“I did my anterior cruciate ligament during the game,” Patrick recalled. “The worst thing was I didn’t even do it through a challenge. I got pushed when the ball went out for a throw-in and I did my ACL. It was very hard to take. We lost the game 3-1. Then we got relegated the following week at Stoke City.
“Nigel Pearson was appointed as the new manager in the close season (2008). He didn’t know me and then I was trying to play catch up in my recovery at a time the team was doing well in league. So, I had my back against the wall. I had always wanted to stay at Leicester as long as I could. I had been there for four years. I had no intention to move. I loved the people and the Club and liked the city. It was difficult, but it is part of football.”
While at Leicester, Patrick, who had represented Australia at Under-20s and Under-23s level, won a further seven caps contributing to his total of 18 international appearances.
He explained: “I was a kid from Melbourne. I came up through the youth systems for the national team and was picked at a young age for the full national team. When I moved to Leicester, I was playing week in and week out. For me, that was a time when life couldn’t get any better. I was playing in England in the Championship at a great club and was also playing international football. It wasn’t great on the body because I was playing so many games a year and travelling a lot, but as a footballer, I was very blessed to be part of that.”
The past seven years have been spent as both a player and coach in Australia.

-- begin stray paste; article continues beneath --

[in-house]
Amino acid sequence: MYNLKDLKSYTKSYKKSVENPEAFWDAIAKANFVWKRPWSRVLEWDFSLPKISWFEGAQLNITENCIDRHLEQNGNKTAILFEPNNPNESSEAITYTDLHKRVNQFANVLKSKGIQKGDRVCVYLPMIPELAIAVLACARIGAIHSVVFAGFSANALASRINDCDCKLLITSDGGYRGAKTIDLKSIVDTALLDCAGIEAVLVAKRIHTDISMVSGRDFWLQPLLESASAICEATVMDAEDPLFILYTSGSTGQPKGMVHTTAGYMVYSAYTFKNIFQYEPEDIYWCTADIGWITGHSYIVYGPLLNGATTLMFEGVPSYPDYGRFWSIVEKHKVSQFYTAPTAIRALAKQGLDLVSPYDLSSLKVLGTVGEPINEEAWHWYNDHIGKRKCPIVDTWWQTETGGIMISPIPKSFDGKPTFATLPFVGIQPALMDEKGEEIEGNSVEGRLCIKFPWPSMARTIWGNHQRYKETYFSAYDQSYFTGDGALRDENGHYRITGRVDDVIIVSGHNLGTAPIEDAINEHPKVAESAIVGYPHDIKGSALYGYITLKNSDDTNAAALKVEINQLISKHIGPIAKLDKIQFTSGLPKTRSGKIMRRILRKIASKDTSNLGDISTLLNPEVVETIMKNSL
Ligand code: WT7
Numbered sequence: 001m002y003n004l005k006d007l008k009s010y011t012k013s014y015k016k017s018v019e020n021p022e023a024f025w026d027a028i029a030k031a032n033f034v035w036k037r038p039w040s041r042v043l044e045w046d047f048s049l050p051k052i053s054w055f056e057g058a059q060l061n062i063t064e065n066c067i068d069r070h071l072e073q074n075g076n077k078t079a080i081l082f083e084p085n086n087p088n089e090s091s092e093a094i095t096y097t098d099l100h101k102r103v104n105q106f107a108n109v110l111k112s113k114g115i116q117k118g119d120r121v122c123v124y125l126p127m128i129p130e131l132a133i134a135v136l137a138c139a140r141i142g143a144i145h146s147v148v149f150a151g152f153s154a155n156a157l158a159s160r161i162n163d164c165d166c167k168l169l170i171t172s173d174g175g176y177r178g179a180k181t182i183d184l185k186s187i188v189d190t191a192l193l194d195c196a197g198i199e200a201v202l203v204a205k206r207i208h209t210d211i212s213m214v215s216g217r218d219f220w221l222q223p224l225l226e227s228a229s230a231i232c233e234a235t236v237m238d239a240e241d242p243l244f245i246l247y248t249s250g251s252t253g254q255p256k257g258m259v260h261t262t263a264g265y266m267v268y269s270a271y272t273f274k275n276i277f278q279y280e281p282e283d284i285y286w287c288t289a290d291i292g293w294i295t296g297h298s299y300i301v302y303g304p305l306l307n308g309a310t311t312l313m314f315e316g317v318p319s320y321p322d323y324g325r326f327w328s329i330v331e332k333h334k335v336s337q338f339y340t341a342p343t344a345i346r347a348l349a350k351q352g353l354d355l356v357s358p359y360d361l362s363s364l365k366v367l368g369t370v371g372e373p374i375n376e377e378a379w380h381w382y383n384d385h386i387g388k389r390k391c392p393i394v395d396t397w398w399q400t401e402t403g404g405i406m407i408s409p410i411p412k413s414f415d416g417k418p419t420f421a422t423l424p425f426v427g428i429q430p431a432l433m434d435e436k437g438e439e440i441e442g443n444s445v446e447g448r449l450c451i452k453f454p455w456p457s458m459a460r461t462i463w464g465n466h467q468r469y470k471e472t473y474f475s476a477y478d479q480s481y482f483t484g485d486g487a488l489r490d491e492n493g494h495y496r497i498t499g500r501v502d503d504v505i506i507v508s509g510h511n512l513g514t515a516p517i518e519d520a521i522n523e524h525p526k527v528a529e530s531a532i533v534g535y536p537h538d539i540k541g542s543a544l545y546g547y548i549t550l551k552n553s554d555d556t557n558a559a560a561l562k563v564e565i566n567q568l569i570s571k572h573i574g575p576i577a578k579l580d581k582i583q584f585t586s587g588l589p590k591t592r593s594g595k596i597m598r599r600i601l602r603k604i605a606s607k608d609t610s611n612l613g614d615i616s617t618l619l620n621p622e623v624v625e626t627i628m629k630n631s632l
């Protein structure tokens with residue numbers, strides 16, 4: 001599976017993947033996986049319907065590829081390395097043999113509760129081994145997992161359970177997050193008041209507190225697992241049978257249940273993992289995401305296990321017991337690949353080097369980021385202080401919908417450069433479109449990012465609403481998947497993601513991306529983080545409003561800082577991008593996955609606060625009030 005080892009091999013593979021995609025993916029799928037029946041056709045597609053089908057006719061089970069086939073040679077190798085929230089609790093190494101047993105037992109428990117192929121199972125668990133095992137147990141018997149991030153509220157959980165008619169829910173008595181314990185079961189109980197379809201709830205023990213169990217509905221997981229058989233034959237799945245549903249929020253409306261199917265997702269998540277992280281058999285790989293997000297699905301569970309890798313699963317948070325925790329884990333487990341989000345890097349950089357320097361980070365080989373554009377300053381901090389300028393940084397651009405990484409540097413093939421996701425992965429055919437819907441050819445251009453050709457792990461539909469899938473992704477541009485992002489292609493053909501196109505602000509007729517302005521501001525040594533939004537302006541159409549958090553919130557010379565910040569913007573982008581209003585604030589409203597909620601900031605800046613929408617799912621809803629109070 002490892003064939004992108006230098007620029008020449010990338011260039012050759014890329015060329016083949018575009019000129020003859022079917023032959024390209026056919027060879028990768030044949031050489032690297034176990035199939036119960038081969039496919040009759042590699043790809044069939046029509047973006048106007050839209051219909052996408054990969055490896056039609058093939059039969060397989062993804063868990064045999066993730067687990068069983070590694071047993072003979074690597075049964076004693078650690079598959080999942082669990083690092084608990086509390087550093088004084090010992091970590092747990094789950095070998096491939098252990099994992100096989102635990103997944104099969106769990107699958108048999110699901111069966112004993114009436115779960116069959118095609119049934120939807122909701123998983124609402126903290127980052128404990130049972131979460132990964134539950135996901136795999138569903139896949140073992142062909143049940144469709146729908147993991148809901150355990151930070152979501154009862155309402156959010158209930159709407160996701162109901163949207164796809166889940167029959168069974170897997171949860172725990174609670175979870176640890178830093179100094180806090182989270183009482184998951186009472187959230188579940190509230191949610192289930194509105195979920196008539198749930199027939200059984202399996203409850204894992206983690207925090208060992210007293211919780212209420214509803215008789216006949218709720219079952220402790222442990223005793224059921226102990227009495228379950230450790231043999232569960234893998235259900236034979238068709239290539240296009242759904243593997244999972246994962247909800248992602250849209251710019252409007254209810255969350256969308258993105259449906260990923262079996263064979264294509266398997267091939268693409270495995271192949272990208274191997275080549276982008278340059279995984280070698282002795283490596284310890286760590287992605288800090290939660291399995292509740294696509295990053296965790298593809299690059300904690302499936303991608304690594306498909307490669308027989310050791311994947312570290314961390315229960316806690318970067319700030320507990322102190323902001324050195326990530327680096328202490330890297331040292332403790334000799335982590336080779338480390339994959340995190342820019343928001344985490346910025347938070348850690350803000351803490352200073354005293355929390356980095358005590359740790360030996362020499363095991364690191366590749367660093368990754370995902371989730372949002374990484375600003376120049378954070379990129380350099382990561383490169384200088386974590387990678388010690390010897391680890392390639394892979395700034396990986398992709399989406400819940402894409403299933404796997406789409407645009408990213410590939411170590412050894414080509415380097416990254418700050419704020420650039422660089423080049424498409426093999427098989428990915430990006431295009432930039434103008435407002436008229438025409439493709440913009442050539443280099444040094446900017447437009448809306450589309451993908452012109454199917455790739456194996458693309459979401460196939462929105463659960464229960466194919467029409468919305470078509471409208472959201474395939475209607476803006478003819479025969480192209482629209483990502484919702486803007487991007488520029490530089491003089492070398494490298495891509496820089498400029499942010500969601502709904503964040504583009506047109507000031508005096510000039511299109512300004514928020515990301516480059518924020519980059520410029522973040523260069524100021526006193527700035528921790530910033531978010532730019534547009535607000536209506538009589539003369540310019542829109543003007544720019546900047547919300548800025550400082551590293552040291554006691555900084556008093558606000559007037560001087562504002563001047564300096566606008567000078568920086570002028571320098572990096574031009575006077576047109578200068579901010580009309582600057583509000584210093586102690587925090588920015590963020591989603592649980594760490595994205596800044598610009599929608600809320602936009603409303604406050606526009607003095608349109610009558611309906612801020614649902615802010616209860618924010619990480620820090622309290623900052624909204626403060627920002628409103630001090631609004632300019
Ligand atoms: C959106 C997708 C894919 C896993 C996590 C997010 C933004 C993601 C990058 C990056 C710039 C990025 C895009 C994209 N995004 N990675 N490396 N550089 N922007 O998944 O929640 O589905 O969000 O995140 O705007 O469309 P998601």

In July 2009, Patrick signed for Leeds United: “That was a fantastic club. The fans took to me straight away. I had 15 stitches in my head when I was there which is why I always had a bandage because the stitches kept reopening. Things were going great. I was in line for the Australian World Cup squad for the finals in South Africa in 2010. The next thing I knew, I snapped my Achilles. Injuries used to get me at the wrong times. I missed the World Cup in South Africa. That was disappointing. Those were the cards I was dealt and that’s the way it is. That all helped make me the person I am today. I am bringing all my experiences into coaching now.”
He returned to Australia in September 2013 to play for in the A-league for Melbourne Heart, which later became Melbourne City.
“I was captain for two and a half years,” he said. “Then it came to a point in my career when I had to decide whether to play for another year but the club offered me a position as Under-20s manager and I decided to take it because it was the next chapter of my life. We won the Under-20s title in 2016, 14 points clear!”
Patrick has subsequently managed Melbourne City’s women’s team and is currently assistant coach of the men’s team, which is in second place in the Hyundai A-League.